He noted that legislation was not clear on obligations regarding homelessness. There were human rights principles that were applicable, but there was no legislation that defined homelessness or street people in SA law -- it was limited to municipal by-laws that addressed such matters. The city’s by-laws were similar to other cities’ by-laws. The ongoing issue was the balance between the rights of the residents and the homeless, and it was not an easy thing to address. The Department was mandated to reduce harm and create the capacity to provide shelter to people. It was a multi-faceted issue.
Other forms of humanitarian relief included the Department providing a significant increase in job opportunities through public works, allowing people to earn an income. It was also involved in trauma support to families who had lost loved ones to Covid-19, and to Covid-19 survivors. There was also the provision of shelter space, especially for children whose parents were admitted in hospitals for Covid-19.
Ms A Bans (ANC) asked the Department to provide details on the content of the food parcels that were distributed to vulnerable households, such as whether these parcels included cooked or raw food, the costs incurred, and the number of feeding sites. She also asked the Department to provide its findings and recommendations of the study done on children living on the streets.
Dr Macdonald said more details on food parcel distribution would be provided to the Committee in writing, but commented that food parcels were provided to the households of four members, and more was provided on bigger ones throughout the lockdown. Hot food was provided on food sites and other Community Nutrition and Development Centre (CNDCs), including community kitchens that were given food material.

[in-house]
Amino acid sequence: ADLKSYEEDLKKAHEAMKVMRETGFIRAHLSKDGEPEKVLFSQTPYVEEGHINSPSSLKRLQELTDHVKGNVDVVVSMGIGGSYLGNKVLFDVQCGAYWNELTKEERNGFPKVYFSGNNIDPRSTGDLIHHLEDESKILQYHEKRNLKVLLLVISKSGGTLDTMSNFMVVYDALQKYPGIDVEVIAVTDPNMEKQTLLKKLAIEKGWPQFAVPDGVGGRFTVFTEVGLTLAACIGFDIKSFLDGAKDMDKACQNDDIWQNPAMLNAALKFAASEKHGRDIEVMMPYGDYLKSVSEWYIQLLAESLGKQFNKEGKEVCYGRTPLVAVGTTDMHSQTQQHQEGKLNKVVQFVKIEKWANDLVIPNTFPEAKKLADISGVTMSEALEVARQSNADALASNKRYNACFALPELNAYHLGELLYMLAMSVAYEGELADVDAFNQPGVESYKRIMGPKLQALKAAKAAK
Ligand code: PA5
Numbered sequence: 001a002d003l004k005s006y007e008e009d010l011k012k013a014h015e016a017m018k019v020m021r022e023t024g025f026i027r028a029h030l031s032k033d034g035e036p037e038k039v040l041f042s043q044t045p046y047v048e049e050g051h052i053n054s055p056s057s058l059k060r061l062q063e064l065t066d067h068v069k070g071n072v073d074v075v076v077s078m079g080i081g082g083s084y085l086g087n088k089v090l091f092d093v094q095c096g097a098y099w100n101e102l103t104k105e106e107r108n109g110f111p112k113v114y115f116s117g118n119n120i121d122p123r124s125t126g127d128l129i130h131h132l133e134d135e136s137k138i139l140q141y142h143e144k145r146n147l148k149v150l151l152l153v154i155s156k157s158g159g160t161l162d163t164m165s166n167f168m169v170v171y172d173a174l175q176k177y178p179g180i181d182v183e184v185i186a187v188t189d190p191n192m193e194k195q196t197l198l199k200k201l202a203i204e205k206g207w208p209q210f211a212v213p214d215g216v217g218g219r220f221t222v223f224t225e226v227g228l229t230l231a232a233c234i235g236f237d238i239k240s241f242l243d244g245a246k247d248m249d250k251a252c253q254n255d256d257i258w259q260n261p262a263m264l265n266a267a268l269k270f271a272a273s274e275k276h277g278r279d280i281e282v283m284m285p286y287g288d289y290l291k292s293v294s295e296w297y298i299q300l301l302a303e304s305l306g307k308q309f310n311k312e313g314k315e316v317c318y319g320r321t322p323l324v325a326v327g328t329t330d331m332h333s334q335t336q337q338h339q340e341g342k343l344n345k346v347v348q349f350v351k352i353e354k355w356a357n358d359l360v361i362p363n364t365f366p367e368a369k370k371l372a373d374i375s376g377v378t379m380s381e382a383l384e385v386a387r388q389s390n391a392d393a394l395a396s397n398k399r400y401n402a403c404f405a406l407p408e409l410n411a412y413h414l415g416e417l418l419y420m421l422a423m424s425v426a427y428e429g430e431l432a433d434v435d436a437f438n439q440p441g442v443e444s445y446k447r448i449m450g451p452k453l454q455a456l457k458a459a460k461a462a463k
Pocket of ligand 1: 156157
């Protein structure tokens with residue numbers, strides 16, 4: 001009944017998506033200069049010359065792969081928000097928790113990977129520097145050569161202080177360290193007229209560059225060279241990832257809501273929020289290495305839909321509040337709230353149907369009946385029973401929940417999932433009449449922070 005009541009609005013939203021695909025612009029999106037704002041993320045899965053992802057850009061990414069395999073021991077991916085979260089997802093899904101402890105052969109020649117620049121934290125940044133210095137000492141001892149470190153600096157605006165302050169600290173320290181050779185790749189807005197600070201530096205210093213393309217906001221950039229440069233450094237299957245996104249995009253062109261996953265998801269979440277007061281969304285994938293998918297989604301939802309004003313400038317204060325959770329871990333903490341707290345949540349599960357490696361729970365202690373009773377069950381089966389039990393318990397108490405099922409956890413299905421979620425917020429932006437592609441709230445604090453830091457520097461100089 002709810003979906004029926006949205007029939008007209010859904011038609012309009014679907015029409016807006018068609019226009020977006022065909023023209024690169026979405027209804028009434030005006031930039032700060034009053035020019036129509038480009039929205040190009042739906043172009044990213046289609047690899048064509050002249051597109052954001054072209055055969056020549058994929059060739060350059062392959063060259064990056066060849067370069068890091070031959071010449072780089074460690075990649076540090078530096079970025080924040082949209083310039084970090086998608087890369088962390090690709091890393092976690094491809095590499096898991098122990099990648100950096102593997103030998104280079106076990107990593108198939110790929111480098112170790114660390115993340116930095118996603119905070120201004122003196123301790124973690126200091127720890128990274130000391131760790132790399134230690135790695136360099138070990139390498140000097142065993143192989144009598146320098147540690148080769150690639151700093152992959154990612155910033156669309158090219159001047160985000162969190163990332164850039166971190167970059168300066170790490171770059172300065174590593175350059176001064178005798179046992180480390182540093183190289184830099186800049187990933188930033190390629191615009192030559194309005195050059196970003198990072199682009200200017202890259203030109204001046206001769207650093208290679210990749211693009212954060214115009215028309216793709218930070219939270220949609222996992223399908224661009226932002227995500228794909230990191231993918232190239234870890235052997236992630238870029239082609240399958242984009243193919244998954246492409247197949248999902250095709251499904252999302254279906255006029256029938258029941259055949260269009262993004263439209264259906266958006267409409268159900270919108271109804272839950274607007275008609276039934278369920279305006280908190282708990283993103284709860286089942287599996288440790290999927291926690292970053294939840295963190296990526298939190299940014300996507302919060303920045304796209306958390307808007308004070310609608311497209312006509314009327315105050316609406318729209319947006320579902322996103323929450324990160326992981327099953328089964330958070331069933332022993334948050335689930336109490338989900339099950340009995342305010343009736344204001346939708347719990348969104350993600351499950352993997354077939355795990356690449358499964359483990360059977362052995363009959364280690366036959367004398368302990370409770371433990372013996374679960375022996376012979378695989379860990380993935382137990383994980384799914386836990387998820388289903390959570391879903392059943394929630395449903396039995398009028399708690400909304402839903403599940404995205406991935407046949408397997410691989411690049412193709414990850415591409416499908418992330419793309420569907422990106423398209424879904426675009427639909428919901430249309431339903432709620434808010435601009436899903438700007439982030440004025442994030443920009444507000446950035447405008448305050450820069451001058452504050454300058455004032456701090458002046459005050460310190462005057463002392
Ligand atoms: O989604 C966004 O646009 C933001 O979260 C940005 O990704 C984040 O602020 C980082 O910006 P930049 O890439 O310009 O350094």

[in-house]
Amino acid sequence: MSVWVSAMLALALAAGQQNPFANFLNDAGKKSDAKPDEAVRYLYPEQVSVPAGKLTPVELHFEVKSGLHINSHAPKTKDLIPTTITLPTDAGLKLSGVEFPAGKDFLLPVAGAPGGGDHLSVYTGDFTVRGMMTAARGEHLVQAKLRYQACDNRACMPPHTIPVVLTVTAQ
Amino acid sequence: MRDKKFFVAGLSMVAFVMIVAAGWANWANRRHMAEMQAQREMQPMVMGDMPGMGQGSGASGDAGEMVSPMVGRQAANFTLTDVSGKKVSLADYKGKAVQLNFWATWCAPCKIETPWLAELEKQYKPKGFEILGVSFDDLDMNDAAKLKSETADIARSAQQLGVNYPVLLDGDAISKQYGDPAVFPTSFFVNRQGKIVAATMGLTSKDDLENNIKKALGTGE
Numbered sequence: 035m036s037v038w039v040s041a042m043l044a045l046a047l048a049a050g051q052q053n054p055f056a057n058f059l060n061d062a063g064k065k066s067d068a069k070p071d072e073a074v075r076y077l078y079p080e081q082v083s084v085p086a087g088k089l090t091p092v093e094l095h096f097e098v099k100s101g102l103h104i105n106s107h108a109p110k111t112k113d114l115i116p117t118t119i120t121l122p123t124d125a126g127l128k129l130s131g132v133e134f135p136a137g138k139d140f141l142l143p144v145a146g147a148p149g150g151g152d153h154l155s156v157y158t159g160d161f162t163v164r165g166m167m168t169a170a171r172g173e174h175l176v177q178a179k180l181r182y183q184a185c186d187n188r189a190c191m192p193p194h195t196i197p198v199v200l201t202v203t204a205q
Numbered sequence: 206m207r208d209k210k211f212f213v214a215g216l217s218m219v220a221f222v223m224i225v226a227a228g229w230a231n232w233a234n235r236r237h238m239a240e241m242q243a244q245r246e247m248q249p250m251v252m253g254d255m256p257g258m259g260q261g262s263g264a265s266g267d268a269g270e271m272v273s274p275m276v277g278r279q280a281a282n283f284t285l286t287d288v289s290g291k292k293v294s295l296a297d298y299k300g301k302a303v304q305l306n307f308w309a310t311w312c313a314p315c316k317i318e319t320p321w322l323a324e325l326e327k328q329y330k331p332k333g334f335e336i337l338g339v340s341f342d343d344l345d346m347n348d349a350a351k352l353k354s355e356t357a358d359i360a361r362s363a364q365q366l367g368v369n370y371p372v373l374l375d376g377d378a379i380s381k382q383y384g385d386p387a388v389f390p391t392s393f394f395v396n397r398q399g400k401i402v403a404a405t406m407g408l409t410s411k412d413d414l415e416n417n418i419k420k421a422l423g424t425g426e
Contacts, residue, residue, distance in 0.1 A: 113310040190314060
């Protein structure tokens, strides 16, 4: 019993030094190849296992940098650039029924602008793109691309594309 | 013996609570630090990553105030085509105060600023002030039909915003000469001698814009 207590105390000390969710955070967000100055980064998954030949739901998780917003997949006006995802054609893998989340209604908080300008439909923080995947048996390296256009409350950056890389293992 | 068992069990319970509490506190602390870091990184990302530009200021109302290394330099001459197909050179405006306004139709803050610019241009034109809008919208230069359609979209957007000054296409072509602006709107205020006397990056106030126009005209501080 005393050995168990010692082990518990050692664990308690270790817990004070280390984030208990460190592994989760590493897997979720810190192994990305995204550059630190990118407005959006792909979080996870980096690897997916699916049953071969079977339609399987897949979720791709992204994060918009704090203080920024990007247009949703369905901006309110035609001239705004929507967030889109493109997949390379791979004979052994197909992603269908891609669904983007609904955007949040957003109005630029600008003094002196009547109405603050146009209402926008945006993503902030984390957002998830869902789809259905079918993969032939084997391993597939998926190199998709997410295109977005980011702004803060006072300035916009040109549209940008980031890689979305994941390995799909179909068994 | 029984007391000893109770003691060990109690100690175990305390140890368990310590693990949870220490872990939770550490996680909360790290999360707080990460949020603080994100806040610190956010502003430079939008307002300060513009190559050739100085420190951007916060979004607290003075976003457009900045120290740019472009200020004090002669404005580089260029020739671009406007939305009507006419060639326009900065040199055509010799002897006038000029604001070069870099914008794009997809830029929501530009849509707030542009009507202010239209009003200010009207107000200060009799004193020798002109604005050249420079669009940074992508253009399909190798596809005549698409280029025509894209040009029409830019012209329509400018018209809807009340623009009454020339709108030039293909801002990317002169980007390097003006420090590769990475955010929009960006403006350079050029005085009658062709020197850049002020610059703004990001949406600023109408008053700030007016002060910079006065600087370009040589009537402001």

Concerning children on the streets, he said the Department of Education was doing research on the number of children who dropped out from schools. The Department did not have the findings and recommendations of the research yet, but they would be shared with the Committee once it receives them. He said that lots of children on the streets were there because of alternating school days. When the Department dealt with street children, it took them to places of safety or returned them to their homes, and they were given opportunities at institutions of further training. Most of the children who had been in the streets for some time needed to be taken to a special place before being released to ordinary safekeeping places, or child care youth centres. It was a challenge to take care of them in large numbers because of the limited space at these centres.
Mr R Mackenzie (DA) wanted to know if the Department had a strategy in place for homelessness in the province. How was the Department addressing poverty during the pandemic? How was it publicising its services and how people could in get contact with it; and what its plans were on human trafficking, because sooner or later it was going to reach the Western Cape.